Diners have a choice of ordering their three courses individually or Italian family style. “Spartire,” or sharing, in the latter works this way. Every two diners order two small plates, one pasta dish, and one large plate to share. Jialin and I couldn’t decide on the two small plates, so out waiter suggested we go for three, Zuppa di Pesce, a tomato saffron broth filled with a variety of tender seafoods; a Canaletto Salad of lettuce with beets, candied walnuts, and Gorgonzola with a raspberry vinaigrette dressing; and Eggplant Caponata containing golden raisins, pine nuts, and mint. Our heartily satisfying (i.e., more than enough) pasta choice of Pappardelle consisted of large pappardelle noodles in a savory lemon-herb emulsion sauce, artichokes, and both prawns and large shrimp. One of the men at the table next to us raved about the braised short rib of beef in his Potato Gnocchi. He swore it was the best he had ever tasted. Finally, the large plate for us was the least satisfying. Our Grilled lemon-thyme White Sea Bass was only ordinary. The Sauteed Veal Picata at the other table, however, looked amazing.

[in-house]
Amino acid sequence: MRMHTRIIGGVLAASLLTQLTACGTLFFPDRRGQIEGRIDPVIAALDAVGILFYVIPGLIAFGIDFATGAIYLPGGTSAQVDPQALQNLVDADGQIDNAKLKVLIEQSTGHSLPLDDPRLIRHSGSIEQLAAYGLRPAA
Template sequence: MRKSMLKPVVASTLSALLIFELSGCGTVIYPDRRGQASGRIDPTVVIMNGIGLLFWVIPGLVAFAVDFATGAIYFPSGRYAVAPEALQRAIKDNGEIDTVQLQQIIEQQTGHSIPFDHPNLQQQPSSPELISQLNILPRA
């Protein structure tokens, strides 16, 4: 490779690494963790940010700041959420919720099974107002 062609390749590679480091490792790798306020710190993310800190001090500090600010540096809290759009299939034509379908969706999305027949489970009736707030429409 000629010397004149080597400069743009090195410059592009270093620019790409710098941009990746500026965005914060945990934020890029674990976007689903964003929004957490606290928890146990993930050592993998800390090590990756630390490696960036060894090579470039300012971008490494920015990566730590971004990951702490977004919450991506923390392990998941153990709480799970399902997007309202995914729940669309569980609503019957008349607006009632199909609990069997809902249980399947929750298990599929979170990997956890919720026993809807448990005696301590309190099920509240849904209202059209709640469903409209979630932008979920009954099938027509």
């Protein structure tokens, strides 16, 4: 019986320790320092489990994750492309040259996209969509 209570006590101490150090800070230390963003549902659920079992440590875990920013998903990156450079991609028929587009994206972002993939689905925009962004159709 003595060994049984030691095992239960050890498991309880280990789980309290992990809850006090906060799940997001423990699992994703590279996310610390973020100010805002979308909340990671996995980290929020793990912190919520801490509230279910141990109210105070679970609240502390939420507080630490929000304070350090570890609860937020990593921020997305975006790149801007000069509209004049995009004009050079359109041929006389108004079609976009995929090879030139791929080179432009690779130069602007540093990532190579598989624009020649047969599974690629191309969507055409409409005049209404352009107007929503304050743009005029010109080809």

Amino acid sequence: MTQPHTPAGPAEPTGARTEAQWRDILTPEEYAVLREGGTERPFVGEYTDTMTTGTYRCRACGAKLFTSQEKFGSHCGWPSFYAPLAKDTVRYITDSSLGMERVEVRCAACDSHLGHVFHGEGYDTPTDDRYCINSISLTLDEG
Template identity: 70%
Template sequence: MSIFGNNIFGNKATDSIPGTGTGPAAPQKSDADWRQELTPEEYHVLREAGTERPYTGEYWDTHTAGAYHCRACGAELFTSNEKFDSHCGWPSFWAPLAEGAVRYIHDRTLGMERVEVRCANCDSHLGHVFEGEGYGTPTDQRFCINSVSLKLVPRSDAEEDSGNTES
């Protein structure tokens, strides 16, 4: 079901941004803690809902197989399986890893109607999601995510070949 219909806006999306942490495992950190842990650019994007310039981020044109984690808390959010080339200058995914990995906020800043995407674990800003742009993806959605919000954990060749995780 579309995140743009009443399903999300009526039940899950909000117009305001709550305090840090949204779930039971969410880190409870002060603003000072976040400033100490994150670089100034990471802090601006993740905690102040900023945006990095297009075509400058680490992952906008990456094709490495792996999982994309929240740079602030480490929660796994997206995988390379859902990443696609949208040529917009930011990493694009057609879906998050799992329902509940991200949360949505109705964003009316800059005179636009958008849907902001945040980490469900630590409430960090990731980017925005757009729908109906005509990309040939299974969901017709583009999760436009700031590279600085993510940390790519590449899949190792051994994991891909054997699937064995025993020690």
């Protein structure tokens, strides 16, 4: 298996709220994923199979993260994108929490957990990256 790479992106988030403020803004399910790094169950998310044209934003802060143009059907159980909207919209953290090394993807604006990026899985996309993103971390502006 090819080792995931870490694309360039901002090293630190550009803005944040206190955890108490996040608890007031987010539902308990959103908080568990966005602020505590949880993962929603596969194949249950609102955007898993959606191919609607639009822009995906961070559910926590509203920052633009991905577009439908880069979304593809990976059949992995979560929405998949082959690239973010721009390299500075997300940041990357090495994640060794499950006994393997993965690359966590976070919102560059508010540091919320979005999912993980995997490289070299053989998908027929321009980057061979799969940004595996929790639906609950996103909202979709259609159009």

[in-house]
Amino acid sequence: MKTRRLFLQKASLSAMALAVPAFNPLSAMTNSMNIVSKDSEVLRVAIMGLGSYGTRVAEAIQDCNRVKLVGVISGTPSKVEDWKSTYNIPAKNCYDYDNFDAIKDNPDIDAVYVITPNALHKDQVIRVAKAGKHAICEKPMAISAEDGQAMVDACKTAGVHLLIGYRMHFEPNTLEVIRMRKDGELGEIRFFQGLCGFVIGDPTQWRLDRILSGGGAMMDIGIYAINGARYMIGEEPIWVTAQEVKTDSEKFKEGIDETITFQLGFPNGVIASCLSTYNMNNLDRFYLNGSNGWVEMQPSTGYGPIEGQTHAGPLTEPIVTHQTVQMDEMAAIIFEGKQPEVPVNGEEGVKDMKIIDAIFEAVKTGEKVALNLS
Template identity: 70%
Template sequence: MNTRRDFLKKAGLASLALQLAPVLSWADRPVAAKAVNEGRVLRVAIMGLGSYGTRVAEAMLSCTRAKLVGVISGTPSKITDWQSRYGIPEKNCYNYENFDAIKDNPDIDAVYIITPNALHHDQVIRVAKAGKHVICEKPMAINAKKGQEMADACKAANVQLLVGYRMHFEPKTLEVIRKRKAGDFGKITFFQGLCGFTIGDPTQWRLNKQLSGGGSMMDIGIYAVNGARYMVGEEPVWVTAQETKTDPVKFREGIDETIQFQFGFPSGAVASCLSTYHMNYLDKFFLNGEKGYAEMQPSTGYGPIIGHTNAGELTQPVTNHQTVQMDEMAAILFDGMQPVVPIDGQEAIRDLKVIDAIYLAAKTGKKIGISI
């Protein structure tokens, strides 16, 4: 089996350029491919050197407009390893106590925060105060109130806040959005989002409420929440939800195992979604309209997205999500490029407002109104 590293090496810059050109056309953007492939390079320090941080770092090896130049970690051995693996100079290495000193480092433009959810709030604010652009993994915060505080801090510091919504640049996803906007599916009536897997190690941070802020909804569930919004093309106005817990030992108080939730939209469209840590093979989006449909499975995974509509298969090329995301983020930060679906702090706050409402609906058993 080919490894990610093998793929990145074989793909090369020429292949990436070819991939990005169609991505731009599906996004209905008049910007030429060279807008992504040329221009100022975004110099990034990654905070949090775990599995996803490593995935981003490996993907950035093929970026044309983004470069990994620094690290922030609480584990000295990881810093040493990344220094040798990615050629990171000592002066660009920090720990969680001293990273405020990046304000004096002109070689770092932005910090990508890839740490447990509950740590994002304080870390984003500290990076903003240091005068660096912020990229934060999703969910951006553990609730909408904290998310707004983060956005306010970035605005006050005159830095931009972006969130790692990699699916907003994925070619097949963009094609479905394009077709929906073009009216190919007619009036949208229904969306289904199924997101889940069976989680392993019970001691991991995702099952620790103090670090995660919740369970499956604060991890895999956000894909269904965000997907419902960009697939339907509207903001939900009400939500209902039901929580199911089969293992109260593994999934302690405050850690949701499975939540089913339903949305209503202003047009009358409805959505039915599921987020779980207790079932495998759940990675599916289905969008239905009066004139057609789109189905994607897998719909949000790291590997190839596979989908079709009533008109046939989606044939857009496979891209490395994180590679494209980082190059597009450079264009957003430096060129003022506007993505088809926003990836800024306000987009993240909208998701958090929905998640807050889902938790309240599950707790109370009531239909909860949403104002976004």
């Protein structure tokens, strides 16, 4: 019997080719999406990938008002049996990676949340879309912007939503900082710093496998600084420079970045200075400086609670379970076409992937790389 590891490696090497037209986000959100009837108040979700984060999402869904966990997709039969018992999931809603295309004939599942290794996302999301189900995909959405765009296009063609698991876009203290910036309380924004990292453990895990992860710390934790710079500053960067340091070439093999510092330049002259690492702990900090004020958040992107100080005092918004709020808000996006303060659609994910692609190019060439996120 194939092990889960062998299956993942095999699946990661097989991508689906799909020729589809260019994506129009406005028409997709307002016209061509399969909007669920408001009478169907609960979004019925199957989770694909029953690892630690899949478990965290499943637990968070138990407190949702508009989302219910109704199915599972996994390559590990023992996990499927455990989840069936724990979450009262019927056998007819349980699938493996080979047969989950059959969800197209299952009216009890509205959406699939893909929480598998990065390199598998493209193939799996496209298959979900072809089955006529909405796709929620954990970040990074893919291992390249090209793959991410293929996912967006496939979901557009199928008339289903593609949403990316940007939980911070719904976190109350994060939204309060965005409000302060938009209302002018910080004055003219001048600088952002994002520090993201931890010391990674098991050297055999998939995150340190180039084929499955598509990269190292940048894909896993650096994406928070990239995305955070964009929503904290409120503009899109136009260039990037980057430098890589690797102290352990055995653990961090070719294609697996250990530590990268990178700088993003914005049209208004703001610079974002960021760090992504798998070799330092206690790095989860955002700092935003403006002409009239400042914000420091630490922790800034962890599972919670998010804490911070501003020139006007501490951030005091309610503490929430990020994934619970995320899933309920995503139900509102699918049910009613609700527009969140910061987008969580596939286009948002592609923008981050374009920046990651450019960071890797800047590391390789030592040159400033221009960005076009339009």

Our desserts of Tiramisu, heavily saturated with rum, and Limoncello Crème were terrific and Jialin and I both felt were superior to any we have seen in either the Lido or Rembrandt restaurants. Cocktails and a selection of 17 wines, available by the glass, carafe or bottle, complete the meal.
My verdict on the Canaletto? This new menu that was begun this year is superior to the very nice, but typical, Italian meal that we enjoyed four years ago. The quality of the food, however, is a mismatch with the space. The chef deserves a better venue.
Have you ever seen a chocolate fortune cookie? More specifically, a chocolate almond cookie the size of a woman’s size 6 shoe? That’s just one of the adventures in Asian cuisine on the newly revised menu at the Tamarind restaurant.